The lack of employment opportunities remains a problem in North Edinburgh, where unemployment figures remain stubbornly high. A conference held in North Edinburgh Arts Centre last week looked at what is being done to improve the life chances of people struggling to gain employment in Forth.
The city council recently introduced a new Integrated Employability Service (IES). The IES is set out in the Council’s new employability commissioning strategy and refocuses council investment on four priority areas: young people, early intervention to prevent future long-term unemployment, support for regeneration areas and action to reduce low pay.
There’s a lot of jargon and strange language used – hubs, strategic skills pipelines, sustained outcomes and gateways – but put simply IES will establish a clear local service framework to better align services and make it easier for those seeking information about work to get the appropriate support and advice. The IES will evolve over the next three years.
City council Employability Service official Brian Martin (pictured above)told around thirty delegates: “What we had before was a lot of money scattered around hither and thither, with no one department having overall responsibility for employability money. That’s changed, and we’re starting to work better together; aligning better with the national agencies and improving our communications. There’s a recognition that we need to be much more pro-active but we are also realistic – we can work with agencies to supply training opportunities but if there are no jobs it becomes meaningless for participants. What we need is early warnings from potential employers – what they are planning and what skills their workforce will need. The sooner we have this information, the more likely it is we ca have people ‘job ready’ when these opportunities arise”.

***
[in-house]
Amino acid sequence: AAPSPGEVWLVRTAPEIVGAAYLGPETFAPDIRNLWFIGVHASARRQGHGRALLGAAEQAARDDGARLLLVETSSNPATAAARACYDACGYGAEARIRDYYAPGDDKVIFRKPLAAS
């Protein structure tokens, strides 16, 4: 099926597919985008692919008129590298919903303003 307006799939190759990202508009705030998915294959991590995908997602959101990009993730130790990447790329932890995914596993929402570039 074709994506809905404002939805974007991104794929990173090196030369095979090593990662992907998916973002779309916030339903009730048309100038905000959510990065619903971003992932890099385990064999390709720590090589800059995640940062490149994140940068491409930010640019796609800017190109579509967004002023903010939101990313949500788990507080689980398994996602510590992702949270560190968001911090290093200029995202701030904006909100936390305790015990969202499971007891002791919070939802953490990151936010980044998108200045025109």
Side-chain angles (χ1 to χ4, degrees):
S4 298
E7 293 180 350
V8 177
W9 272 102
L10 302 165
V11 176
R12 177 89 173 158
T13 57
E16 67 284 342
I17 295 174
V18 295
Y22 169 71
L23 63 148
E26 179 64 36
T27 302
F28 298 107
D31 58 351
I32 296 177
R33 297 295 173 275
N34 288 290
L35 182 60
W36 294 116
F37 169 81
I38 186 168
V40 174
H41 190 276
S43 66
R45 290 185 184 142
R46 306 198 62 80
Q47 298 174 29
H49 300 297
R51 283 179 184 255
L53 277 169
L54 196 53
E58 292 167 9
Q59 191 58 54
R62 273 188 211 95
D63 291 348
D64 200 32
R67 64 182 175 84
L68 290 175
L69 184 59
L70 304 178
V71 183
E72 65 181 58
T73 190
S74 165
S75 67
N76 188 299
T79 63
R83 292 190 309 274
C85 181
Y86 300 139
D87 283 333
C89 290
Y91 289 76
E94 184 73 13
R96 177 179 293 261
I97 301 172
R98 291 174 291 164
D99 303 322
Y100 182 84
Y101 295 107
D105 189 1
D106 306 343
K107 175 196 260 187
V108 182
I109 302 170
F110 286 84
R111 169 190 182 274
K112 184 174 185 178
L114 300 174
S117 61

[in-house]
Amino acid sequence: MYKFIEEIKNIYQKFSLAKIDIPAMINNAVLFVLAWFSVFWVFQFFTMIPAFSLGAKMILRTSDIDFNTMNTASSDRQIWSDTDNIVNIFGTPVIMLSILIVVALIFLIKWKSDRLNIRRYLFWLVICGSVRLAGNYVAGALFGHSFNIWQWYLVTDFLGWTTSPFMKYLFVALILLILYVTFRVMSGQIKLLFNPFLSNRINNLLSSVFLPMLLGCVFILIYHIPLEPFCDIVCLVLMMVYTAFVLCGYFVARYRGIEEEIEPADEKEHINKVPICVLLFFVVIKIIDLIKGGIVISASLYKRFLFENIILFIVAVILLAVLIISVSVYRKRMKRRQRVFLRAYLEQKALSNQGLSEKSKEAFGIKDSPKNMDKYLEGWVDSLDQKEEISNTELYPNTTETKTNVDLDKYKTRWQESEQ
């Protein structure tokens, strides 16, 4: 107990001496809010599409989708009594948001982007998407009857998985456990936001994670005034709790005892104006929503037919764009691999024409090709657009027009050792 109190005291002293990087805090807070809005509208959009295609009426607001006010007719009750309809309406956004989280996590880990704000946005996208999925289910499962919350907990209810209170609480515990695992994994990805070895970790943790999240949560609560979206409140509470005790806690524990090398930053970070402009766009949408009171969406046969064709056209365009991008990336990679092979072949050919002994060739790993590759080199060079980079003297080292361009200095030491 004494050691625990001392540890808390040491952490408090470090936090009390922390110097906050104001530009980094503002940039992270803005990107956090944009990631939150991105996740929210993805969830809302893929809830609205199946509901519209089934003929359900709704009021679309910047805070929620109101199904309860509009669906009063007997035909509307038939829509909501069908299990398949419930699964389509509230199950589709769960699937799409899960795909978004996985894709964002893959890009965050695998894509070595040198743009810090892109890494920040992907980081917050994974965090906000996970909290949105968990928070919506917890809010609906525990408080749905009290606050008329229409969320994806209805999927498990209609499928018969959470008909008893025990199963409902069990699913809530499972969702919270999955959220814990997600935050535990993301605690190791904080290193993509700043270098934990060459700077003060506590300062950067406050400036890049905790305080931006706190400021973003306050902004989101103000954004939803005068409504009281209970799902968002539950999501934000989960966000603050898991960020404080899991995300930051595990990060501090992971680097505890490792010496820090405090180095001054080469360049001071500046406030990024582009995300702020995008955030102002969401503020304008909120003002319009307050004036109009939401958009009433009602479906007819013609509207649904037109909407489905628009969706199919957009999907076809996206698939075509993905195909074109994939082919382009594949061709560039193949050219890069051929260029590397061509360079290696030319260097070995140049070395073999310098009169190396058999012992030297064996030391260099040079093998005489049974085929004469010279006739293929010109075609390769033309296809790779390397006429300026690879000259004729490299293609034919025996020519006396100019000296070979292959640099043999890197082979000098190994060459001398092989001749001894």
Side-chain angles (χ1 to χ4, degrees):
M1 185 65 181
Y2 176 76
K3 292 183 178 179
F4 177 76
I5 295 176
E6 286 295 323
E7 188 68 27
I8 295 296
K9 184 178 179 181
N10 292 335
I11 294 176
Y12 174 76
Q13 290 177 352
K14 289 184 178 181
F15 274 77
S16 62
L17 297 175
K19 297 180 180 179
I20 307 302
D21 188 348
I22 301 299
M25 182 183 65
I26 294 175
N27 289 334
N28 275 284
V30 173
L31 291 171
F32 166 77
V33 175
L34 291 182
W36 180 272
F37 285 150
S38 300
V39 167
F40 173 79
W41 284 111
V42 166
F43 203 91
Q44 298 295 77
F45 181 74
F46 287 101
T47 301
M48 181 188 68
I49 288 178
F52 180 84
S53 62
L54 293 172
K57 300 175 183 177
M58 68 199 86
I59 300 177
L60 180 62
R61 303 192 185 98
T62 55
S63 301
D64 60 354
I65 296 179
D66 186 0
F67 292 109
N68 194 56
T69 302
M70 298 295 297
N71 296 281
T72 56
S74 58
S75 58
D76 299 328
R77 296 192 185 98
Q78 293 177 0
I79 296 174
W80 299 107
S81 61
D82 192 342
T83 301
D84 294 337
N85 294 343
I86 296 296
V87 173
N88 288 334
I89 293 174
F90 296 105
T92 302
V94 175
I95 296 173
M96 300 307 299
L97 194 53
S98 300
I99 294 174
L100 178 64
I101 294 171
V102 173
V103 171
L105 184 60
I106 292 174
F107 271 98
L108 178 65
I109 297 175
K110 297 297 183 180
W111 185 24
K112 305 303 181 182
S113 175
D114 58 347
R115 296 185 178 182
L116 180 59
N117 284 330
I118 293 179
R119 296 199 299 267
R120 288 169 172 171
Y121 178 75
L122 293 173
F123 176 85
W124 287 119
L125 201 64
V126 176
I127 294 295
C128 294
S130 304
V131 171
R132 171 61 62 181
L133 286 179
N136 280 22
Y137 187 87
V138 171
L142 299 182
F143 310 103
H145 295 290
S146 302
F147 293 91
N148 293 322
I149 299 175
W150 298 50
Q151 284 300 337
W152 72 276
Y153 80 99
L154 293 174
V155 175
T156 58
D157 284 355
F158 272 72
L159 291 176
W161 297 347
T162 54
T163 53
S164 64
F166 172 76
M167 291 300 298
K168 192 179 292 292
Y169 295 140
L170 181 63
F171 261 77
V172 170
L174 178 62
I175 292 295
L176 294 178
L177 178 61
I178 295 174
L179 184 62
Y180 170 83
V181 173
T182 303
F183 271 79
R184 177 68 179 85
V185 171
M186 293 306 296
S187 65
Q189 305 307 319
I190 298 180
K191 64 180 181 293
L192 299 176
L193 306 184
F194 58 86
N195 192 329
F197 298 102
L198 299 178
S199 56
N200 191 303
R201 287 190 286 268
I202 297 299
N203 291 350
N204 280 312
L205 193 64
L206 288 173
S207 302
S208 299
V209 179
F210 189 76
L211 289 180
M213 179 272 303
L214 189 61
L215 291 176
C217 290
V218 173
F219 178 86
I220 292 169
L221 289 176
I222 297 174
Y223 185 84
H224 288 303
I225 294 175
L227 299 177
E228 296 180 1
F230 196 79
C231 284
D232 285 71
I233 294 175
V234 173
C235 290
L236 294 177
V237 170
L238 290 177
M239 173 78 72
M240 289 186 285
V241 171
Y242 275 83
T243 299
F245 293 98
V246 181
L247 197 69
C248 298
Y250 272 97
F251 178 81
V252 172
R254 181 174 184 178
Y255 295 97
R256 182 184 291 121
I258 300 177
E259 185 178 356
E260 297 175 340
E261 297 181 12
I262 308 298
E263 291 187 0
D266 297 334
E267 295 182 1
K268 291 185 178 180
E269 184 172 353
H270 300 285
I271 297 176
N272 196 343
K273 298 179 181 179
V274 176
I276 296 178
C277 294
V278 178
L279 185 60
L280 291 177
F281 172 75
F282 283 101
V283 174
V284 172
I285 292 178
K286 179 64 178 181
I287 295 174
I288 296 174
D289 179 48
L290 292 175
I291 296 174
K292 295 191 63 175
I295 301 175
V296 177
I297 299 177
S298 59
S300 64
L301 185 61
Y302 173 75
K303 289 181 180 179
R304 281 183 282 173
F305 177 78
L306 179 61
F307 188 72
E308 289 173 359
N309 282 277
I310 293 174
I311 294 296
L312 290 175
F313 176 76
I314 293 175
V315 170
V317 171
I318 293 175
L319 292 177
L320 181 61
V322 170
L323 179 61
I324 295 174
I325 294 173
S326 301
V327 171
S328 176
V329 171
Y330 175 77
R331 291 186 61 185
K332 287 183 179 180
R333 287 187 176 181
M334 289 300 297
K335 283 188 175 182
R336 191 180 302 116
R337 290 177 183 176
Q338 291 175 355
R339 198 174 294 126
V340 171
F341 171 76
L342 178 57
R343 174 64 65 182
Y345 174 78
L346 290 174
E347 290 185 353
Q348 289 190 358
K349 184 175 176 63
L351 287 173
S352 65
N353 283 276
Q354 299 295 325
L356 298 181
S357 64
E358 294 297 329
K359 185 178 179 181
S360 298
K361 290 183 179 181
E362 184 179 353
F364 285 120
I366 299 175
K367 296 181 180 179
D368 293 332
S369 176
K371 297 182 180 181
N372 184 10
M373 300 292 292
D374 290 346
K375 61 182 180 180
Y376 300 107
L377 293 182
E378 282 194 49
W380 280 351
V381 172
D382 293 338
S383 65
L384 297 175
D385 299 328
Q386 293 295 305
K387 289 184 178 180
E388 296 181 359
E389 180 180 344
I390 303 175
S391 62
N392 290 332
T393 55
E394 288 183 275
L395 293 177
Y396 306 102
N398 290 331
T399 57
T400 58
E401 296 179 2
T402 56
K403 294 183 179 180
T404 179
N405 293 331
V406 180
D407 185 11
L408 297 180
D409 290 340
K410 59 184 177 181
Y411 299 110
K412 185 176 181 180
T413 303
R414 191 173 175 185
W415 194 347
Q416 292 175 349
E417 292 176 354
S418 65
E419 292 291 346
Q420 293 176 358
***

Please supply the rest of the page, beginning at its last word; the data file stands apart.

The forthcoming 21st Century Homes redevelopment in Pennywell and a possible hotel and leisure complex at Crewe Toll have been identified as two potential employment opportunities for local people, and others have been earmarked.
Along with WEACT, Forth Sector and Volunteer Centre Edinburgh, local employment agency Community Renewal was part of the Stevenson Consortium which successfully bid for the citywide Employment Services Contract. The new service started on 1 May and is delivered from ‘hubs’ in Sighthill, the Community Renewal office in Muirhouse and Haywired in Craigmillar with an additional outreach service in Gilmerton.
Community Renewal’s Nigel Green (pictured above) explained how the new consortium works and went on to outline the various ways the partnership supports local people in their search for work – through referrals to the hubs and also through outreach work at a wide range of locations.
“It is early days for the consortium but we are pleased with how things have progressed so far”, he said. “Community Renewal is already quite well-known in North Edinburgh but we are now covering a much wider area with a much bigger client base. That presents new challenges, but the important thing for all of us is to make sure that the support for the client is there when they need it.”
Closing the meeting, Forth Neighbourhood Partnership convener Councillor Cammy Day said: “It’s clear that there is a lot of work going on to improve the employability chances of local people, and the challenge for us is just how to get that word out into the wider community. People need to know what support is available and we may try to do this through a wider, community conference type event.”